Our Campus: We will never know the meaning of life — and that’s OK, says Steven Taubeneck

Our Campus: We will never know the meaning of life — and that’s OK, says Steven Taubeneck

Photo Kosta Prodanovic / The Ubyssey

Photo Kosta Prodanovic / The Ubyssey

Steven Taubeneck picked up his first copy of Nietzsche when he was 12 years old.

Enthralled by the text, he gave his 15-year-old girlfriend a copy. The relationship, as he put it, quickly ended. But philosophy stuck with him.

At UBC, Taubeneck teaches existentialism in the department of philosophy. Difficult to define, existentialism is a branch of philosophy that focuses on the individual finding meaning in a meaningless world. According to Taubeneck, being happy is not the goal of life. Searching for so-called “happiness” only leads to disappointment and — no disrespect to those with inspirational quotes on their wall — we as a human race will never know the meaning of life.

If existentialists don’t advocate searching for happiness, would Taubeneck call himself happy?

“I’m a joyful pessimist,” he chuckles. “I’m pessimistic about conventional goals.”

Taubeneck’s academic career is as unconventional as his philosophical views. After pursuing multiple majors at multiple universities over the span of 11 years, he finally earned his bachelor of arts at the University of California, Santa Cruz in 1981. He chose to take only two or three courses a term and refused to stay in courses or universities he didn’t like.

Taubeneck is concerned about our “culture of compulsory happiness.” Any perspective or idea that questions the “don’t worry, be happy” motto is considered suspicious in society. “Happiness itself,” he said, “is a big part of the problem.”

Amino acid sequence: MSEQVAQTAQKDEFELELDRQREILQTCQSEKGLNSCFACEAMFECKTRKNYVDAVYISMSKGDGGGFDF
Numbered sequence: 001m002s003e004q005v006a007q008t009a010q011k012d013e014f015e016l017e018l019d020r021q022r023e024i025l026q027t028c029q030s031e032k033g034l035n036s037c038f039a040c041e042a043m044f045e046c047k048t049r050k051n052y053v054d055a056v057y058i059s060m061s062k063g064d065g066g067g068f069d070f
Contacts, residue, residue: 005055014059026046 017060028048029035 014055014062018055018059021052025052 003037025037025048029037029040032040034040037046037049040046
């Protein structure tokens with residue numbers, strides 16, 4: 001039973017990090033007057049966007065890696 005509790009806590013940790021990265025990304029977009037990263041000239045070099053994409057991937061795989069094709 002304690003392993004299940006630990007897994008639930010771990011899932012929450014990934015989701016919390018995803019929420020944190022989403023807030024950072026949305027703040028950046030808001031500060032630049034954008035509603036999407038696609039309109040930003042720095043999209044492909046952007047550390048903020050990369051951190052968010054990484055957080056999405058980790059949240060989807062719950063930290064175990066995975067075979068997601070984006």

Talking about how to live life makes for a lively class. In a regular lecture of 80 people, more than a third will engage in discussion during class. Reactions from students tend to be strong and disagreement is encouraged.

The class isn’t just for Arts students, either. “I get many [students] from the natural sciences,” said Taubeneck. “Right now, I have a student from computer science and I think she’s happy to talk about some of these issues in a [more] open way than she would otherwise.”

So given the gloomy semblance of existentialism, why is this particular type of philosophy appealing to college students?

“People [of college age] often find themselves torn,” Taubeneck said. “Torn into the outside world, into a future they can barely see…. There’s a great deal of anxiety, of despair.”

Taubeneck knows a thing or two about using the teachings of dead philosophers to make sense of life. As a child, he started reading Nietzsche when he was trying to make sense of his family life. Through Kant and Nietzsche, he realized there were alternatives to the conventional views of family as presented on television and in church.

“Existentialism tells you that you are not alone,” he said. “You not only can cope with it, but [you] have to … as part of being in this world.”

PHIL 385A: “Existentialism” will be offered again in the Fall term of 2014. Taubeneck is also supervising several student-directed seminars that he highly recommends.